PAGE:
Recollections of tutelage under the direction of famed Indian guru Maharishi Mahesh Yogi.
Miller’s debut memoir begins by recalling his time as a youth in the 1960s when he first heard about the maharishi, who created the Transcendental Meditation technique and had popular devotees, such as the Beatles and actress Mia Farrow. After intensive study of TM, Miller was given the unique opportunity to study under the direction of the maharishi himself at his academy in India in 1970—the last TM teacher-training course held there for Westerners. In great detail, the author describes his travels to and around India, the physical and spiritual atmosphere of the academy, and the teachings and character of the maharishi and others whom he met. Some of these accounts are serious and reflective in nature: “Meditate and act: live a fulfilled life of 200%—all inner and outer values, and then spread joy, happiness and success.” Others are lighthearted and humorous, as when Miller and his friends receive watermelon to provide relief from the heat only to find that it had been “garnished and adorned with chili peppers.” In addition to written descriptions, he offers captioned photographs to chronicle his journey on nearly every page. Miller’s comfortable prose achieves a satisfying balance of insight, humor, and information about the TM technique. However, given his thoroughness, not all of the precise details will be of interest or of value to most readers. Also, the author has a tendency to repeat himself, so readers encounter a few anecdotes more than once, as well as five nearly identical photographs of the late maharishi. That being said, the worth of this book is in its uniqueness, and Miller’s firsthand experiences will greatly appeal to the maharishi’s fans or devotees. The photographs, in particular, will take many Westerners to an exciting world that’s geographically, culturally, and spiritually very different from their own.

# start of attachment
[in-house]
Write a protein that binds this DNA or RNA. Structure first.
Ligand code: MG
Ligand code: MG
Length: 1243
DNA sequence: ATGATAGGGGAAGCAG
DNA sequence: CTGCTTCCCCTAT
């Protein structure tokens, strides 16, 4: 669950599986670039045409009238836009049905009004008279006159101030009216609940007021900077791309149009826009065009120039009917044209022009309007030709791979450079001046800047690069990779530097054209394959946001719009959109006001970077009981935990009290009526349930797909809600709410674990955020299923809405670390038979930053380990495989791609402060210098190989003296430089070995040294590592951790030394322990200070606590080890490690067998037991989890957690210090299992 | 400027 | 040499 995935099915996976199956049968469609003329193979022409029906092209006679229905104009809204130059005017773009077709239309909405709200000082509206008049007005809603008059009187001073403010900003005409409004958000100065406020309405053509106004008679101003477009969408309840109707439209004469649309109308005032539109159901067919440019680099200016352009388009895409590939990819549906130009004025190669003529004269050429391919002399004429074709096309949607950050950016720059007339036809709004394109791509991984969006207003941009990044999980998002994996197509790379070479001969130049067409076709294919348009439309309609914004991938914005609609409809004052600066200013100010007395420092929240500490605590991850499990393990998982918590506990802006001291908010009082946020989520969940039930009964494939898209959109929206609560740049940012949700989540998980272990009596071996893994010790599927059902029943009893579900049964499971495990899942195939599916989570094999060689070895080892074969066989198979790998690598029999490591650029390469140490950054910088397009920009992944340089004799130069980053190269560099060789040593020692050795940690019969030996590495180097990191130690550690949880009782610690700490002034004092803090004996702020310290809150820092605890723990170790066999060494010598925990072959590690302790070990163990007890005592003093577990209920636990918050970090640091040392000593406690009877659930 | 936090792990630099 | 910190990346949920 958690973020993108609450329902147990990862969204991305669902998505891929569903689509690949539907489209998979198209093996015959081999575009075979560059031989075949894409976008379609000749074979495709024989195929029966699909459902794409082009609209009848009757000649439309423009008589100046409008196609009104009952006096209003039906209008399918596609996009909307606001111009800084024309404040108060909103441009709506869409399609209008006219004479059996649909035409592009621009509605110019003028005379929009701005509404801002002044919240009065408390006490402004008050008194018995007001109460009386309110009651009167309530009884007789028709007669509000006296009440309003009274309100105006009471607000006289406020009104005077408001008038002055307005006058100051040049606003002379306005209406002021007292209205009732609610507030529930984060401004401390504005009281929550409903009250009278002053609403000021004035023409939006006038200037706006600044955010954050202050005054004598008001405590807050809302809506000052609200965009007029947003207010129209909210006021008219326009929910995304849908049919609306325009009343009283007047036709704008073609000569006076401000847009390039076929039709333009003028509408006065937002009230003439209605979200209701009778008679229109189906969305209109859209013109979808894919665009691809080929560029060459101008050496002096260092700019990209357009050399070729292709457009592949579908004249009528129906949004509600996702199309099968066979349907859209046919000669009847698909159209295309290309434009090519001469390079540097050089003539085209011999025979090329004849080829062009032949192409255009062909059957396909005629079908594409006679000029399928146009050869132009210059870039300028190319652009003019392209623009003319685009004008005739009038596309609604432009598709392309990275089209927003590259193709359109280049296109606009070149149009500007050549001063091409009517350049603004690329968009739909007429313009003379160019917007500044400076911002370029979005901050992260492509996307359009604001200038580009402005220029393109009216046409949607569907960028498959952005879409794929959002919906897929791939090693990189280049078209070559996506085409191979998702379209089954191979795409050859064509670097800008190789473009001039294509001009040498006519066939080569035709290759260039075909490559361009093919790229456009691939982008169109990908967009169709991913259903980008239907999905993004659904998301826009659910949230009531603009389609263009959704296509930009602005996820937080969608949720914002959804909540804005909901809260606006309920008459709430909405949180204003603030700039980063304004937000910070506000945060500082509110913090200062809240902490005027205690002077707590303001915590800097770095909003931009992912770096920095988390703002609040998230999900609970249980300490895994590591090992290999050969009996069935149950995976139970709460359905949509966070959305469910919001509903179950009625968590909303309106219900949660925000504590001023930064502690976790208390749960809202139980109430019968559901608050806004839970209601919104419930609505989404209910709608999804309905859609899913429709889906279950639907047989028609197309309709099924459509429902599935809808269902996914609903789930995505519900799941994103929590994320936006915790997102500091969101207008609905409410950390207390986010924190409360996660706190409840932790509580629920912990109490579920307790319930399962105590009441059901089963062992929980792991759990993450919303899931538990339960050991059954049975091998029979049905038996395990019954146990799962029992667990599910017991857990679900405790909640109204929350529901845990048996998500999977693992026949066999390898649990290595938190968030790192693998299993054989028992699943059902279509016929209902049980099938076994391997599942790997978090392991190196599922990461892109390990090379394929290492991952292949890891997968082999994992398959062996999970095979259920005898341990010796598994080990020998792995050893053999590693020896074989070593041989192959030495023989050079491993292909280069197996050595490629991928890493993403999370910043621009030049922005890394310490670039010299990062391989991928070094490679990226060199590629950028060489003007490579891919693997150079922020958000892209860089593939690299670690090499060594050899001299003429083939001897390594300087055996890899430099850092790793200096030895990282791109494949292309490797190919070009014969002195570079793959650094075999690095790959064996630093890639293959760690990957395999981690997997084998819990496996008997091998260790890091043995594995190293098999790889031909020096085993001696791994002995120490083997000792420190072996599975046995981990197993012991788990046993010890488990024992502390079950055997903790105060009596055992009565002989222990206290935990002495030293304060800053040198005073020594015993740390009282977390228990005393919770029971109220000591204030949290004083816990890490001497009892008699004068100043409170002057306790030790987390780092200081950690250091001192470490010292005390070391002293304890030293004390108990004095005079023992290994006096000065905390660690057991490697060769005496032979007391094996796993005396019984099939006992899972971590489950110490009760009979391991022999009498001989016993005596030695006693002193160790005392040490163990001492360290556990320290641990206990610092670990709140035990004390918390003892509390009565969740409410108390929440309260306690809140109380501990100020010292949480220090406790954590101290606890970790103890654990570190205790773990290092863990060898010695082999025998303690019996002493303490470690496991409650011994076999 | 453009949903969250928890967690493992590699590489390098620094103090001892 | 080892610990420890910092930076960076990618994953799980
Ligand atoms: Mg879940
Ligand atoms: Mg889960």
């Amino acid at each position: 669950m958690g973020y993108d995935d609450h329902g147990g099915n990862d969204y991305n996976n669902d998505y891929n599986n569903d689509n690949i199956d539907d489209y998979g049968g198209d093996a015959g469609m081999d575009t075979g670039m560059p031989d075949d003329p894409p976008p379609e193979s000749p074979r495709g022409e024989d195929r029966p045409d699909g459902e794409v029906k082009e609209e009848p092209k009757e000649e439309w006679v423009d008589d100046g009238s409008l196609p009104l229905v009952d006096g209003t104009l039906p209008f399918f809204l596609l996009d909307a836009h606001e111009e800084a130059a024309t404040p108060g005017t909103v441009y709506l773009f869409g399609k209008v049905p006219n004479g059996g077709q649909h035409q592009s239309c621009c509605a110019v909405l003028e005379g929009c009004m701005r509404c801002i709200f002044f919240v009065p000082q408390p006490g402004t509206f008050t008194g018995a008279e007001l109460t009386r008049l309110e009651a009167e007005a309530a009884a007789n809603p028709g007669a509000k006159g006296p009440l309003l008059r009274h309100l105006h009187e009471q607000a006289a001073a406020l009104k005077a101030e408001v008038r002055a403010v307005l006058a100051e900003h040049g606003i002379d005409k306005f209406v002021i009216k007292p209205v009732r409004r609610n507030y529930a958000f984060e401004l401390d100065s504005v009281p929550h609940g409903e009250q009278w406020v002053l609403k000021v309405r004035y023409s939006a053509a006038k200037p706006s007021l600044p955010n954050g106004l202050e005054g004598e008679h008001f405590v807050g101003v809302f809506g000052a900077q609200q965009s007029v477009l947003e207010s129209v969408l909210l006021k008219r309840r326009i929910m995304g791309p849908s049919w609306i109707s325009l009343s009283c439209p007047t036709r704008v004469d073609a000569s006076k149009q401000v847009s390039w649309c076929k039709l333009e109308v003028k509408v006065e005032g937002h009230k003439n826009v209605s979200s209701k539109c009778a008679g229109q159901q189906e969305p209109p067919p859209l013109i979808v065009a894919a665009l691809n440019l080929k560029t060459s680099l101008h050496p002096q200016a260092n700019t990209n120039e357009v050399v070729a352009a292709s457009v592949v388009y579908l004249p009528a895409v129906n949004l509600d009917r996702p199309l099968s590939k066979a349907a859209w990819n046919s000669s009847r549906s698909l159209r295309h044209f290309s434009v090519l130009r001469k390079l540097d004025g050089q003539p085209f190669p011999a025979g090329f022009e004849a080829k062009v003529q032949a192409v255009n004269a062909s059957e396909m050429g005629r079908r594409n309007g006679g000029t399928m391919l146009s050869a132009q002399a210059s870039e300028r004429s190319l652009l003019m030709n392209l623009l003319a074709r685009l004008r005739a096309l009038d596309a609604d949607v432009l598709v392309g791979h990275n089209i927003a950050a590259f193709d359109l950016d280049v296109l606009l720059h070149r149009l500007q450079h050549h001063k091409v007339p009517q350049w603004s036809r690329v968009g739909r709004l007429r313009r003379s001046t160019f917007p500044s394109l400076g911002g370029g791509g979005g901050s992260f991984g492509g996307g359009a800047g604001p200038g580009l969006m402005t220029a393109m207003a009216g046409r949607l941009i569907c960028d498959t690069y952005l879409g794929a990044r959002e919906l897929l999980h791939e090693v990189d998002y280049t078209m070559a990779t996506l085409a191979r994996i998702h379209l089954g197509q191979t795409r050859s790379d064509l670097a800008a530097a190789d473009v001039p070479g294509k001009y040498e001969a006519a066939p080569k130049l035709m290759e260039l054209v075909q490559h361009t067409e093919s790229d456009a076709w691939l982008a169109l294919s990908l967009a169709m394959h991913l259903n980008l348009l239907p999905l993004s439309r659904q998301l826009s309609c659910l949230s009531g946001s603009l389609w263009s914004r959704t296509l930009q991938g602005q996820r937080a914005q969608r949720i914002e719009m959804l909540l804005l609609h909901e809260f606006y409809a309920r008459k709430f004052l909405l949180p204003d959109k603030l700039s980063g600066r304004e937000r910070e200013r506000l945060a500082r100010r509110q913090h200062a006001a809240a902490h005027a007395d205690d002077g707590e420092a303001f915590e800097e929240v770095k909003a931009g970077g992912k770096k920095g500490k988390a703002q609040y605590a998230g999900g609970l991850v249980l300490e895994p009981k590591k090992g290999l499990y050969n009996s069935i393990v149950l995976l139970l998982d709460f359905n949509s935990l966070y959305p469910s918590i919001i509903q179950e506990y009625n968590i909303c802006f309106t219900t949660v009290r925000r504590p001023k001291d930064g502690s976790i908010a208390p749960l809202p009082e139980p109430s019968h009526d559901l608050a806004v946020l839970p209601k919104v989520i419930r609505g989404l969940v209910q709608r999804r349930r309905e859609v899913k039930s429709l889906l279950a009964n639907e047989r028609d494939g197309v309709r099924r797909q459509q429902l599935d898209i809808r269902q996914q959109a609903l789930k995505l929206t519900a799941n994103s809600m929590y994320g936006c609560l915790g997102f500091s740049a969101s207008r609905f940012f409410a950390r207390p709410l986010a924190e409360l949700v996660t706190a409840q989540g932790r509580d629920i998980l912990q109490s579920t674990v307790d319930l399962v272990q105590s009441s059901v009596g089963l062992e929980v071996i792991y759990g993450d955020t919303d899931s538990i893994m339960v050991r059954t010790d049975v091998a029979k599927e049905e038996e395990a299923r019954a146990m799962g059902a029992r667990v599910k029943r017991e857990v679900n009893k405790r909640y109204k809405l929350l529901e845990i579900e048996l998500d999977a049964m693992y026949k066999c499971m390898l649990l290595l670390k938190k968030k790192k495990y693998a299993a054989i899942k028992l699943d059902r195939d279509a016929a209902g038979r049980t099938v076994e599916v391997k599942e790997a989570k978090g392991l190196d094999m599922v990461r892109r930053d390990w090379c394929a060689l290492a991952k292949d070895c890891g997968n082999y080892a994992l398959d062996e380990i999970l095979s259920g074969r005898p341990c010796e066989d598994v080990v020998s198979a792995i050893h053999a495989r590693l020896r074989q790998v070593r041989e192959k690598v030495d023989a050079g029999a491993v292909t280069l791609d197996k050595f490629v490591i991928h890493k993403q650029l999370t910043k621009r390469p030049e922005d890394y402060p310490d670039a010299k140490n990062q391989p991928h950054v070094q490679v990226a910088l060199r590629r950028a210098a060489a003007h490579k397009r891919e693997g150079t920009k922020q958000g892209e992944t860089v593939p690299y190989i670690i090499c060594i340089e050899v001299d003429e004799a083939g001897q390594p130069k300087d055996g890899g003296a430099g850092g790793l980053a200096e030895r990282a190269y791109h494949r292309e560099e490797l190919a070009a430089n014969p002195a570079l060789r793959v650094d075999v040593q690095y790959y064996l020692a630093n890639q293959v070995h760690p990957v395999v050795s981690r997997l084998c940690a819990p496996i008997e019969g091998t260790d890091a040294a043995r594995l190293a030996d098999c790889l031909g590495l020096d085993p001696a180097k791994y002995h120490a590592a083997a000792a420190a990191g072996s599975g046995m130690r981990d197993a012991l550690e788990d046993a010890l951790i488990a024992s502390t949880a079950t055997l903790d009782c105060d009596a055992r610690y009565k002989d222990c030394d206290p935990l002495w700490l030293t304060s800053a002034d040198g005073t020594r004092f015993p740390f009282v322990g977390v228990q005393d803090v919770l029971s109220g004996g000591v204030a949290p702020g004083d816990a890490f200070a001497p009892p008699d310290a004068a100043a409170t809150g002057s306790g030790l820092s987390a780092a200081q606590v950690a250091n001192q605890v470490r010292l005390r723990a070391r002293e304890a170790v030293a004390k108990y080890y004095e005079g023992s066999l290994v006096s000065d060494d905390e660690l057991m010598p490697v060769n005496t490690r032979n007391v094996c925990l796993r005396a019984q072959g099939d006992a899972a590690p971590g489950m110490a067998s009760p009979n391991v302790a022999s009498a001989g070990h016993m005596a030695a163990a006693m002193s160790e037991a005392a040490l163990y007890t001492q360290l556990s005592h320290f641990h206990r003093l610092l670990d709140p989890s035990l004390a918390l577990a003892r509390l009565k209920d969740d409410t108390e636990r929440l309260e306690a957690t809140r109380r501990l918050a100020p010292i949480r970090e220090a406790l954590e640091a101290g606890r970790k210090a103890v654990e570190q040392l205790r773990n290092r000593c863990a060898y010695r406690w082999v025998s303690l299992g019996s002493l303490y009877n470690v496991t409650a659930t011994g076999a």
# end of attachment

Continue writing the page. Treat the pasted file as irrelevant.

A unique recollection and resource that will appeal most to a limited target audience.